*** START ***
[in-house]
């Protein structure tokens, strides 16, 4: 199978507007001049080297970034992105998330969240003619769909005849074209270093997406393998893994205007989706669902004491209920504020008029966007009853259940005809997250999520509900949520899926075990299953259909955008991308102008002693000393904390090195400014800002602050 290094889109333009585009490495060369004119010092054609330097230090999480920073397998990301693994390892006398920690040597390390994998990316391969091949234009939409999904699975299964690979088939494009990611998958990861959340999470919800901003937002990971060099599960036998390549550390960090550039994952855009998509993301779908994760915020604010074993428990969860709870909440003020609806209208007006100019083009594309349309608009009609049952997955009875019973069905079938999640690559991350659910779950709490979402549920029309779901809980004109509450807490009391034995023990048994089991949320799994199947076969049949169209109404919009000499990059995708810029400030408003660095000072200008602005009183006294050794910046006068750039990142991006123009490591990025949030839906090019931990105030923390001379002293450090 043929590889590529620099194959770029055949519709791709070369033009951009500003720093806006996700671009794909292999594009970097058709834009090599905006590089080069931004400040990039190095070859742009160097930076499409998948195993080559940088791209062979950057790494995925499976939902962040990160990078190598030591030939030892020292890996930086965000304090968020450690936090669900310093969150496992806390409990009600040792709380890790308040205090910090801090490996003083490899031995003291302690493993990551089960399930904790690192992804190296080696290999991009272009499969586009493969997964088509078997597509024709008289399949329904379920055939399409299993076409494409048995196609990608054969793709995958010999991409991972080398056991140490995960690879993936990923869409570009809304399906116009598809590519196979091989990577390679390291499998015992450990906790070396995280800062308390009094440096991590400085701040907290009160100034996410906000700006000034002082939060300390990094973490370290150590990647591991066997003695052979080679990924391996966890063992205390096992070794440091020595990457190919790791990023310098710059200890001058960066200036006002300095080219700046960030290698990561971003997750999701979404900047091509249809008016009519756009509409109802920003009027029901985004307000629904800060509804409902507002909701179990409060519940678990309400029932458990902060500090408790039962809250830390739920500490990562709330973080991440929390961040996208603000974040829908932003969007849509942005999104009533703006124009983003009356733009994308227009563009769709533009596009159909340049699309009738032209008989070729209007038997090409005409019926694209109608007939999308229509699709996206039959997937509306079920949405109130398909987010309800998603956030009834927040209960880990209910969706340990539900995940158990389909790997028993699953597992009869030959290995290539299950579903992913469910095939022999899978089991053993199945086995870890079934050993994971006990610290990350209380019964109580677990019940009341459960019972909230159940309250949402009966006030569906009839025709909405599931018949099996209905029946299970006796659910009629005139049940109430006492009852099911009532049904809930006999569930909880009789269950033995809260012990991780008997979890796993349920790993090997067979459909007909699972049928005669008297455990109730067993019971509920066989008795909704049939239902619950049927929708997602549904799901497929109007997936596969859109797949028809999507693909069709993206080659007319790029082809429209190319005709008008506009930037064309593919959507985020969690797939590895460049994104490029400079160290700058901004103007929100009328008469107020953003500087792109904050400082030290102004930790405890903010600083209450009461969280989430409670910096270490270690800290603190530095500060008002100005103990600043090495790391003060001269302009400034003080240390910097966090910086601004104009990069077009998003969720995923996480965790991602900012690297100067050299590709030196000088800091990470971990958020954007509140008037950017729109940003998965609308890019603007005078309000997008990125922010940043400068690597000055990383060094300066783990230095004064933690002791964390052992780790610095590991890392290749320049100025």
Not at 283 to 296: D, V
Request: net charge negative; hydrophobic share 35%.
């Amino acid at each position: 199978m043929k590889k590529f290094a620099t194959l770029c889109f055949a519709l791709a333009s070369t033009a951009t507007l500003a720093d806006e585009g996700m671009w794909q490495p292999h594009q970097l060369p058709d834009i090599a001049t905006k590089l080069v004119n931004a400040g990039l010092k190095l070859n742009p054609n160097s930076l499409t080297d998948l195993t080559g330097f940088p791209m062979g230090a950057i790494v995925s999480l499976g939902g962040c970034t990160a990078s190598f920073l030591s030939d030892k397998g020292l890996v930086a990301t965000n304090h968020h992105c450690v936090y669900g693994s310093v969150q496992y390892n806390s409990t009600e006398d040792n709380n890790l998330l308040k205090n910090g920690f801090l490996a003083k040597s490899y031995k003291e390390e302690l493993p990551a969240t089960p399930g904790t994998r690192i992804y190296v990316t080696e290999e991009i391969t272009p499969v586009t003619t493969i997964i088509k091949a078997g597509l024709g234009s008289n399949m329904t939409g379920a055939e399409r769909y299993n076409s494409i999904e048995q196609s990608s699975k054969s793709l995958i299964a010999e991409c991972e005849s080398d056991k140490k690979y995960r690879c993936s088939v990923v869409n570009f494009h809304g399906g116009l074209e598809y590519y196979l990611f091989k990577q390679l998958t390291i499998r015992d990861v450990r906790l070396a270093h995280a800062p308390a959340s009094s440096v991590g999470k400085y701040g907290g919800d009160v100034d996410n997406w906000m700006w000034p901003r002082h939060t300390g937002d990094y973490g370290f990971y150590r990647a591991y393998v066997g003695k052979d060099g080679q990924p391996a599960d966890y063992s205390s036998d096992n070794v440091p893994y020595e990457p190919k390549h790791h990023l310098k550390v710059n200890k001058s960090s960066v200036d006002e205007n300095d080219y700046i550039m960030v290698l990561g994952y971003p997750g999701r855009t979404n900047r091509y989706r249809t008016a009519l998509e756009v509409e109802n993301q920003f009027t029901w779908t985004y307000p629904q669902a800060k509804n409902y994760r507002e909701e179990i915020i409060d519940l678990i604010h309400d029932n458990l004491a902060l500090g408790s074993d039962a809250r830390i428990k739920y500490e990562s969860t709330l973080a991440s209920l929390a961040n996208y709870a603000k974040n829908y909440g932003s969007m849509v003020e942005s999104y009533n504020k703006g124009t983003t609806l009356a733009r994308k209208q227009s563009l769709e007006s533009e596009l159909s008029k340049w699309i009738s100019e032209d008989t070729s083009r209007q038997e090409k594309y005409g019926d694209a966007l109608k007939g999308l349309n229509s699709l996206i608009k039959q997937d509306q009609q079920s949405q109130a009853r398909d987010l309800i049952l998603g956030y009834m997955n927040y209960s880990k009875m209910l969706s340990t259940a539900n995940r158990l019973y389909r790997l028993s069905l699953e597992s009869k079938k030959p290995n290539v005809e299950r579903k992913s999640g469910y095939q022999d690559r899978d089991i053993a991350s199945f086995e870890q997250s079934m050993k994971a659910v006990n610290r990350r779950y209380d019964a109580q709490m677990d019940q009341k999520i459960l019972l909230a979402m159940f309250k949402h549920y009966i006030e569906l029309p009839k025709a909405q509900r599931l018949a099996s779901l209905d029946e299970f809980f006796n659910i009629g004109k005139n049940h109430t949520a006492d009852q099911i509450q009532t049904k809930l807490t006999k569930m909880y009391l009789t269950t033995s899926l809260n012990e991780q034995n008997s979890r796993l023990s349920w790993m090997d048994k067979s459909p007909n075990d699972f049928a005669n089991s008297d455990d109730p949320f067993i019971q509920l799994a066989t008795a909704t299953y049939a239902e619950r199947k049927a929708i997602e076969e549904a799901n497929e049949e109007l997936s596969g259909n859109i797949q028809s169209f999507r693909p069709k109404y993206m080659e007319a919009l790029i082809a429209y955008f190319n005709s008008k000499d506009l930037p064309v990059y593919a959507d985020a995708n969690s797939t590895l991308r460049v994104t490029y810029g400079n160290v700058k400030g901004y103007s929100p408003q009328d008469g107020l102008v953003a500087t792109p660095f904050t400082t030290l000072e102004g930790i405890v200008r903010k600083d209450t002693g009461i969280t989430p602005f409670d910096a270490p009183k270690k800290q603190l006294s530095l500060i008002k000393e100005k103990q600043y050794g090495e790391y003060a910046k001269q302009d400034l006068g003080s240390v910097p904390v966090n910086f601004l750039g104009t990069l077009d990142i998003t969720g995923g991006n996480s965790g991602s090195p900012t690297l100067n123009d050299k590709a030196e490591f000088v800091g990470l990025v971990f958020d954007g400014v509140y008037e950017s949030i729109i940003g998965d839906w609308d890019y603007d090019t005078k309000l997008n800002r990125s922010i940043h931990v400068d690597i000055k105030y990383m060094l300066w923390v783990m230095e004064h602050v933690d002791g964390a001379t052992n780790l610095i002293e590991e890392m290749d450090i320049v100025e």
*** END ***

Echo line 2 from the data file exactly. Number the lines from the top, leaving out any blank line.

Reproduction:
């Protein structure tokens, strides 16, 4: 199978507007001049080297970034992105998330969240003619769909005849074209270093997406393998893994205007989706669902004491209920504020008029966007009853259940005809997250999520509900949520899926075990299953259909955008991308102008002693000393904390090195400014800002602050 290094889109333009585009490495060369004119010092054609330097230090999480920073397998990301693994390892006398920690040597390390994998990316391969091949234009939409999904699975299964690979088939494009990611998958990861959340999470919800901003937002990971060099599960036998390549550390960090550039994952855009998509993301779908994760915020604010074993428990969860709870909440003020609806209208007006100019083009594309349309608009009609049952997955009875019973069905079938999640690559991350659910779950709490979402549920029309779901809980004109509450807490009391034995023990048994089991949320799994199947076969049949169209109404919009000499990059995708810029400030408003660095000072200008602005009183006294050794910046006068750039990142991006123009490591990025949030839906090019931990105030923390001379002293450090 043929590889590529620099194959770029055949519709791709070369033009951009500003720093806006996700671009794909292999594009970097058709834009090599905006590089080069931004400040990039190095070859742009160097930076499409998948195993080559940088791209062979950057790494995925499976939902962040990160990078190598030591030939030892020292890996930086965000304090968020450690936090669900310093969150496992806390409990009600040792709380890790308040205090910090801090490996003083490899031995003291302690493993990551089960399930904790690192992804190296080696290999991009272009499969586009493969997964088509078997597509024709008289399949329904379920055939399409299993076409494409048995196609990608054969793709995958010999991409991972080398056991140490995960690879993936990923869409570009809304399906116009598809590519196979091989990577390679390291499998015992450990906790070396995280800062308390009094440096991590400085701040907290009160100034996410906000700006000034002082939060300390990094973490370290150590990647591991066997003695052979080679990924391996966890063992205390096992070794440091020595990457190919790791990023310098710059200890001058960066200036006002300095080219700046960030290698990561971003997750999701979404900047091509249809008016009519756009509409109802920003009027029901985004307000629904800060509804409902507002909701179990409060519940678990309400029932458990902060500090408790039962809250830390739920500490990562709330973080991440929390961040996208603000974040829908932003969007849509942005999104009533703006124009983003009356733009994308227009563009769709533009596009159909340049699309009738032209008989070729209007038997090409005409019926694209109608007939999308229509699709996206039959997937509306079920949405109130398909987010309800998603956030009834927040209960880990209910969706340990539900995940158990389909790997028993699953597992009869030959290995290539299950579903992913469910095939022999899978089991053993199945086995870890079934050993994971006990610290990350209380019964109580677990019940009341459960019972909230159940309250949402009966006030569906009839025709909405599931018949099996209905029946299970006796659910009629005139049940109430006492009852099911009532049904809930006999569930909880009789269950033995809260012990991780008997979890796993349920790993090997067979459909007909699972049928005669008297455990109730067993019971509920066989008795909704049939239902619950049927929708997602549904799901497929109007997936596969859109797949028809999507693909069709993206080659007319790029082809429209190319005709008008506009930037064309593919959507985020969690797939590895460049994104490029400079160290700058901004103007929100009328008469107020953003500087792109904050400082030290102004930790405890903010600083209450009461969280989430409670910096270490270690800290603190530095500060008002100005103990600043090495790391003060001269302009400034003080240390910097966090910086601004104009990069077009998003969720995923996480965790991602900012690297100067050299590709030196000088800091990470971990958020954007509140008037950017729109940003998965609308890019603007005078309000997008990125922010940043400068690597000055990383060094300066783990230095004064933690002791964390052992780790610095590991890392290749320049100025």